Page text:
He died an hour later, in the hospital, alone.

But I was with him.

I know I was.

And I talk to Tommy, and I ask, So what’s Rebecca going through? and I don’t get a good answer.  My memories of Tommy didn’t hold that wisdom – he passed onto me everything he thought was valuable, but he didn’t think I’d ever need this and neither did I.  And hanging with my Tommy-ghost is still comforting, but with that the barrier between life and death is thick, cloying – Tommy could tell me, there’s advice he forgot to give, and what I wouldn’t give to sit by his couch one more time and help him set up his needles and watch Star Trek and ask, “So what happens when you’re young and know you’re about to die?”

I can picture him nodding.  I can picture him opening his mouth.  But I cannot picture the words he’d say, and I know he’d say something good, and it’s not there.

It’s not there like Rebecca won’t be there.

This world is gaps.  Full of empty spaces where we can’t quite connect to each other, which we bridge with assumptions and misunderstandings and forgivenesses, but there are still times when even my wife of fifteen years still does something and I have no idea why she did that.  I can ask her, of course, but it’s just a reminder that we never really truly know someone else – we know them in percentages, a little download bar filling up that never quite finishes.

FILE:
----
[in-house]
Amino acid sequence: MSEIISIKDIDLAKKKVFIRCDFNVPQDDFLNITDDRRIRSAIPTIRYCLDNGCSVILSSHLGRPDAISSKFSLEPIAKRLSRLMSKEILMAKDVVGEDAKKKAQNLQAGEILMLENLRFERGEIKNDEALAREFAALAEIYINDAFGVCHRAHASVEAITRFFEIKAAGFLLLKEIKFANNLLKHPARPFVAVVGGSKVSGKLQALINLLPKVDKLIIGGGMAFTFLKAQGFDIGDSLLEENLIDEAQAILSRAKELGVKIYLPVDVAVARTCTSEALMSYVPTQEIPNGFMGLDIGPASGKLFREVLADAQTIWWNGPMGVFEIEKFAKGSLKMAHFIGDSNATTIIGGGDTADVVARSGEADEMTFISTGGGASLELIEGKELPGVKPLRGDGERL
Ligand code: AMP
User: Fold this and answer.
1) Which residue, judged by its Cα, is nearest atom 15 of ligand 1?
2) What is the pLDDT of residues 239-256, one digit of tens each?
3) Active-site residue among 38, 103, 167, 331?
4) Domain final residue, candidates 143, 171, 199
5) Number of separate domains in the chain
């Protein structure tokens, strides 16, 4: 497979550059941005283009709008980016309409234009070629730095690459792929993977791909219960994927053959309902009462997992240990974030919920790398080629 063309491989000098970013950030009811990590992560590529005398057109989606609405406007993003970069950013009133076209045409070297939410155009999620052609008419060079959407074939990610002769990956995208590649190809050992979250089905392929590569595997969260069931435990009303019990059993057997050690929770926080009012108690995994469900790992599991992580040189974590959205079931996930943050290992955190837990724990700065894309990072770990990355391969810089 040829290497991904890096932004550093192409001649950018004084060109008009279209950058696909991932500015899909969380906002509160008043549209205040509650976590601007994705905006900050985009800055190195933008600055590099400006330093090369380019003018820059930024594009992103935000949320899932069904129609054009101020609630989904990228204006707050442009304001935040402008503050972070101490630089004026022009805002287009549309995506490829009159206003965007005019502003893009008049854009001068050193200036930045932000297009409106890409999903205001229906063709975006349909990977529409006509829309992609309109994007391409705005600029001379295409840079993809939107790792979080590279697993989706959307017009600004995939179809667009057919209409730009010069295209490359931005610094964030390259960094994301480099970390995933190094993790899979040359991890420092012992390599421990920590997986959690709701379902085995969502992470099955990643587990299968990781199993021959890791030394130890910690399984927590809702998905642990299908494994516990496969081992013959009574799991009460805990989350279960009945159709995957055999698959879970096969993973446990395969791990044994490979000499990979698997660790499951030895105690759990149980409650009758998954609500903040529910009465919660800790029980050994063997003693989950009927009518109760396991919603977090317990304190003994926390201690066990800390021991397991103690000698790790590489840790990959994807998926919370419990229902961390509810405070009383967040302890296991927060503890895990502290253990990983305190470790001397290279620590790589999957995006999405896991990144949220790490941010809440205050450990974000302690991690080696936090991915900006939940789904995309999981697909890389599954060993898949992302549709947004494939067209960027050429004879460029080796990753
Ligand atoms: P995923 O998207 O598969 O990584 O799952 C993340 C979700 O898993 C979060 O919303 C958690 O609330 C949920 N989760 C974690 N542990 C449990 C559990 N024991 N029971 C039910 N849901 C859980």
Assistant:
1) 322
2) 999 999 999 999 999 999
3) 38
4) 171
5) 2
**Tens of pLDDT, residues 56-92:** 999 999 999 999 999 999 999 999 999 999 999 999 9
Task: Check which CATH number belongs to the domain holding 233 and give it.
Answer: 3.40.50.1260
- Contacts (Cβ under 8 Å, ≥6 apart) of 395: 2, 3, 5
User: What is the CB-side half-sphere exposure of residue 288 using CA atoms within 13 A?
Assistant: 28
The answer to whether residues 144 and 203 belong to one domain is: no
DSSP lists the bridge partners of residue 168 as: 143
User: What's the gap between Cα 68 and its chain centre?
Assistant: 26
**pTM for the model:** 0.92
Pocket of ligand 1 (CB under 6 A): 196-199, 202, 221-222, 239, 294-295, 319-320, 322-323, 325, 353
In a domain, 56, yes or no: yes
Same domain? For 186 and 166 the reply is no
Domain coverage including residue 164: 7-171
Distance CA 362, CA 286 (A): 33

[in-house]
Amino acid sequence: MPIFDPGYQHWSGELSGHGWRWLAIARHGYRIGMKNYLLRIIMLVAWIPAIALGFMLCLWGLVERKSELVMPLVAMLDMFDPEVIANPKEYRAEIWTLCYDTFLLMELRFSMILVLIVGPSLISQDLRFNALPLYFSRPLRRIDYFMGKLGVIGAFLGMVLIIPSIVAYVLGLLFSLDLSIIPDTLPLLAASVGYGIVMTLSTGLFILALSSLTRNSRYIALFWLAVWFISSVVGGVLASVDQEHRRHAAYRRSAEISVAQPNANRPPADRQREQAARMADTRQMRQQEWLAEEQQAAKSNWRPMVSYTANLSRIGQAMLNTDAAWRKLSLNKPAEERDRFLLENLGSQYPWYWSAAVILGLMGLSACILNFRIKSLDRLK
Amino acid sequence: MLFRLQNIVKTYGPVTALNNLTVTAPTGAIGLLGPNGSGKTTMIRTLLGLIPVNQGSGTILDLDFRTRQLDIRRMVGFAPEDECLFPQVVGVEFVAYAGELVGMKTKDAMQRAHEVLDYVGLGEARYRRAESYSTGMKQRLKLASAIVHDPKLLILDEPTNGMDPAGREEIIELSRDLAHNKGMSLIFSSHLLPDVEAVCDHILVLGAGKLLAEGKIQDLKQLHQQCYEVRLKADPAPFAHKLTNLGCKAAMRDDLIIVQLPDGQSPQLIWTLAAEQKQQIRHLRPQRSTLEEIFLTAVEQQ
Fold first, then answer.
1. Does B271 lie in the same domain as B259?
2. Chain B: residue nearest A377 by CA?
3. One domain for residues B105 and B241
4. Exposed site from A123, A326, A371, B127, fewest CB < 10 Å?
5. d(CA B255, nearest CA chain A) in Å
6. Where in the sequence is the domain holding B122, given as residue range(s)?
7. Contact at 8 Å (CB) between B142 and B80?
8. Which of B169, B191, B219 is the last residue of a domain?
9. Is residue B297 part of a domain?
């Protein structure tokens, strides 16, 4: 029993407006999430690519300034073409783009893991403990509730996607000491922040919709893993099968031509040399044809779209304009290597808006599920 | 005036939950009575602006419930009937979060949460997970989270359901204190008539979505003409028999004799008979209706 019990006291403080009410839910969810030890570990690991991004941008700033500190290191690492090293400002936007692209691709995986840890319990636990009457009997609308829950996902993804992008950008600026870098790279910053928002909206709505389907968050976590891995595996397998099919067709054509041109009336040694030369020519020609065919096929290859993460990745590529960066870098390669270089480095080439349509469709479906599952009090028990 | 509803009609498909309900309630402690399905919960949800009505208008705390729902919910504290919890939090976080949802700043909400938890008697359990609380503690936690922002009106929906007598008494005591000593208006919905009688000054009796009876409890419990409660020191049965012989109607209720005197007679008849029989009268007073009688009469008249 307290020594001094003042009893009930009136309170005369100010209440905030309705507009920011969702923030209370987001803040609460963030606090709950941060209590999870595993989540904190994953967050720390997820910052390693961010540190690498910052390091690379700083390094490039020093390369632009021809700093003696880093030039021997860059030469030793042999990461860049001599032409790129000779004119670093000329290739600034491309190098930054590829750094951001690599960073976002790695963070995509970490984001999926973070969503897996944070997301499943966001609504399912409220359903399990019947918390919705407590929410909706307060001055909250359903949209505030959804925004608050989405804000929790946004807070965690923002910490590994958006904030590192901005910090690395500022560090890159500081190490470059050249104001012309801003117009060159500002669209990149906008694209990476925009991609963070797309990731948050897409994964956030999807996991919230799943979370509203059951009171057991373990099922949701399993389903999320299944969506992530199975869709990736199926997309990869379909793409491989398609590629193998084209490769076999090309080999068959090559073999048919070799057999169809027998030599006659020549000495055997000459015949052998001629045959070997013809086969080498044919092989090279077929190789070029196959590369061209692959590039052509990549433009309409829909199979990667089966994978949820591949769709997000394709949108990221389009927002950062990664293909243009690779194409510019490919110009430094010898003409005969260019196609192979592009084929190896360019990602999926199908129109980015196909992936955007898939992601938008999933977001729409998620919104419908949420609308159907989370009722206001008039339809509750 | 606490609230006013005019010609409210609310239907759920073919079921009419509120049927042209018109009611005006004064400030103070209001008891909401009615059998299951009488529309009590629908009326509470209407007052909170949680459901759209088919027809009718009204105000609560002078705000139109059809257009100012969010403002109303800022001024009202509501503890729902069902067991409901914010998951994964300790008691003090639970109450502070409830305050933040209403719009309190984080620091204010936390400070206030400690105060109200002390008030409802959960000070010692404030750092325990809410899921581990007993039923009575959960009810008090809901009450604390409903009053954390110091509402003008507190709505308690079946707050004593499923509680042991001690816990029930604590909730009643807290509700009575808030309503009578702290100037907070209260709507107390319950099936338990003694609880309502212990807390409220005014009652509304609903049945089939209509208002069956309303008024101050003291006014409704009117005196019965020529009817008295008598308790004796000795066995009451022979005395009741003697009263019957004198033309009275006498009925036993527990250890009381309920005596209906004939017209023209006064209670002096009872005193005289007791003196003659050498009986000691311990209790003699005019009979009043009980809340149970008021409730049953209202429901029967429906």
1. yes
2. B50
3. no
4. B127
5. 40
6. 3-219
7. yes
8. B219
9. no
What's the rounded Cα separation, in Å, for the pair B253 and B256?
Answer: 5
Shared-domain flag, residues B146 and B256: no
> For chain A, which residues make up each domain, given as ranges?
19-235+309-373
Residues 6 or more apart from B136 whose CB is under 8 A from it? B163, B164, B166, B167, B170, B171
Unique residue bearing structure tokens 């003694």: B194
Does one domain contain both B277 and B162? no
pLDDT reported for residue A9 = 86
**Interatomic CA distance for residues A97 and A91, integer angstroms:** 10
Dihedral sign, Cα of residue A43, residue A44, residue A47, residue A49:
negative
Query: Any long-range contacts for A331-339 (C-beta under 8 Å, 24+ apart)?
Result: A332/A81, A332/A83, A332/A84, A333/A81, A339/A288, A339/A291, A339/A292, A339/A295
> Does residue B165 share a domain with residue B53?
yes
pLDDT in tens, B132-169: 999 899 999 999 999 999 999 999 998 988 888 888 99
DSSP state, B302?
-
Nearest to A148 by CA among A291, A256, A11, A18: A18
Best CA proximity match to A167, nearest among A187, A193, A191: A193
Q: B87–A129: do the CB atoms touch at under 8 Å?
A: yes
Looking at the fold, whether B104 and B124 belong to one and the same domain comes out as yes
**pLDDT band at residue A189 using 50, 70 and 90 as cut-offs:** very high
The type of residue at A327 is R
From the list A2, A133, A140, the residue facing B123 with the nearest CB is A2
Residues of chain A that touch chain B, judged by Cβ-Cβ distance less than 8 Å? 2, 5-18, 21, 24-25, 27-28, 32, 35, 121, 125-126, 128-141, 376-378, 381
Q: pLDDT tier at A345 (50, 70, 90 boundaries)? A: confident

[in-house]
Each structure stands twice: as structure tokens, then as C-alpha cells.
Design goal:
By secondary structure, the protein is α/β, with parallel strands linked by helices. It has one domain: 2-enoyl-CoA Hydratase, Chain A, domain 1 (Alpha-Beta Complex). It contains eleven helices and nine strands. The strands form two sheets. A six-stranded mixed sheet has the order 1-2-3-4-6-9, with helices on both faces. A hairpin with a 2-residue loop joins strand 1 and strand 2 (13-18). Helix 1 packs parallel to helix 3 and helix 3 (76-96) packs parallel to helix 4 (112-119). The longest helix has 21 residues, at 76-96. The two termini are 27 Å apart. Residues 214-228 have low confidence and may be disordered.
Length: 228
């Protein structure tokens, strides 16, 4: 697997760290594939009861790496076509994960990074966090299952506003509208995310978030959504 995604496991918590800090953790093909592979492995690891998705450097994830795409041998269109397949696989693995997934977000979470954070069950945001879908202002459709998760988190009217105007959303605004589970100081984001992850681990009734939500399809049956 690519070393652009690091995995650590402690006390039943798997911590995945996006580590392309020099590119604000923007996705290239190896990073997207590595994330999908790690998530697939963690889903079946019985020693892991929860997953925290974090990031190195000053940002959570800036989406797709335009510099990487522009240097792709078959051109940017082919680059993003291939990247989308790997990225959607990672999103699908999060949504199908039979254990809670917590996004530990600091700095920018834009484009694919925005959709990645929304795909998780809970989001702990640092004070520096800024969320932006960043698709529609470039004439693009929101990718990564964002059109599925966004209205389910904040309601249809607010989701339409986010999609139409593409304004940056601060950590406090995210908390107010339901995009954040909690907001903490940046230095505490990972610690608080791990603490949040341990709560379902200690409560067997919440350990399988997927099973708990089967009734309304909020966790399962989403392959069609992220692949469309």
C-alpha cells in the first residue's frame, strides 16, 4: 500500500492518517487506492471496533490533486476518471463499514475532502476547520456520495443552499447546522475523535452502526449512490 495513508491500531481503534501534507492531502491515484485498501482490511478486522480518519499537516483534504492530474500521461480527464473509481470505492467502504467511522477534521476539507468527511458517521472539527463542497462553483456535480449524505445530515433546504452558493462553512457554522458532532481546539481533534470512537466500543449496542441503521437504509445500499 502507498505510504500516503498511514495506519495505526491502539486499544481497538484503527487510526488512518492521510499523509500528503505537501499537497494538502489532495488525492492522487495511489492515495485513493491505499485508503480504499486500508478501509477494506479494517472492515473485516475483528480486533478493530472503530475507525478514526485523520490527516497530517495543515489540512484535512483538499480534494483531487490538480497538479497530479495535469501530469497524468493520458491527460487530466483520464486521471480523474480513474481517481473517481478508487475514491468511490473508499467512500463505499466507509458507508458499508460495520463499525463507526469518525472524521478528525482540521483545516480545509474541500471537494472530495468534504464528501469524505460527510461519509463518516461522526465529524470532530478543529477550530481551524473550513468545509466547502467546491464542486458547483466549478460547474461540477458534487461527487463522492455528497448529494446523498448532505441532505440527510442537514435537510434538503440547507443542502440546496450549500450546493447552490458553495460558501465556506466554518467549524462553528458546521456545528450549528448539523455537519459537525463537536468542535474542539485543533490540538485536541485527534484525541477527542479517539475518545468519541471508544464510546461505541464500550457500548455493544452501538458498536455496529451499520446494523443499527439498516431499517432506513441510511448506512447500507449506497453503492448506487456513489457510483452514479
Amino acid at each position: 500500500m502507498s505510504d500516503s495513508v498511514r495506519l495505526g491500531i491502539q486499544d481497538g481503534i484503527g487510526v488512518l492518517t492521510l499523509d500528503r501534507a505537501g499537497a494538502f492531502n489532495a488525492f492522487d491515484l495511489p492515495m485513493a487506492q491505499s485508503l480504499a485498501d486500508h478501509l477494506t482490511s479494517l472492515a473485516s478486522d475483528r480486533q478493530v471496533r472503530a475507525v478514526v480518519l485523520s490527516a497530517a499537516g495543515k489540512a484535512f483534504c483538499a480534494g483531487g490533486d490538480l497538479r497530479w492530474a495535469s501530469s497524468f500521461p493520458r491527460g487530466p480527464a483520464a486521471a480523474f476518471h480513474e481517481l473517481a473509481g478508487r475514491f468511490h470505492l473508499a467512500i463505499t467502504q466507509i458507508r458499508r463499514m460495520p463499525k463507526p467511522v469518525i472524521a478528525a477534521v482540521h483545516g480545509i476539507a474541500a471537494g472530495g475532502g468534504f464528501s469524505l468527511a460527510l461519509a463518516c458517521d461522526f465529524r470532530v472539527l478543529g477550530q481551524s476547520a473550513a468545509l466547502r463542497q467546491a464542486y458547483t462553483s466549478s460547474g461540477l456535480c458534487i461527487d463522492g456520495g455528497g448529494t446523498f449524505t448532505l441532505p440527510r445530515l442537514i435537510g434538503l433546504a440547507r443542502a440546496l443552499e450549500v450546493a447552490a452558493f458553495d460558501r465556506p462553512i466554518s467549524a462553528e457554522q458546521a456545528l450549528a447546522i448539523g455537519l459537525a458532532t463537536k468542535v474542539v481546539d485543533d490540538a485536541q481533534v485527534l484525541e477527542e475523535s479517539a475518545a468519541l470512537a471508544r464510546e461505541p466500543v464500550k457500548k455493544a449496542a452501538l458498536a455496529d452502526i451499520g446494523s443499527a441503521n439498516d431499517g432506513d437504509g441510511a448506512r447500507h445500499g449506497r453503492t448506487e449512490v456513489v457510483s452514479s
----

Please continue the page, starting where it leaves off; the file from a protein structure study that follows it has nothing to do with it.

Rebecca has an emptiness.  I want to ask her what she’s thinking.  But she was never a sharing child, and now she’s lethargic because the cancer is sapping her energy, and frankly dredging up those concepts would only help me and not her.  She’s already a kid in a fishbowl – you can see how she kind of misses the days when she was overlooked, when she could eat without a hundred nervous eyes watching her every move, searching for new symptoms – and pressing harder would be an unkindness.

But I could ask Tommy.

Oh, Tommy, I know I could ask you if only you were around, but you’re not, and so I ask you something else: please shelter her.  She will be alone and scared when she gets to Heaven, and yes she’ll have her grandparents, but she won’t have Uncle Ferrett and I’m egotistical enough to think that her Heaven won’t be quite complete without me.  You’ve been there, with all the other dead, and maybe this is a lie I tell myself to feel better like all religion is, but please.

When Rebecca gets to Heaven, take her hand.

4 Comments

  1. Leslie
    Jun 5, 2014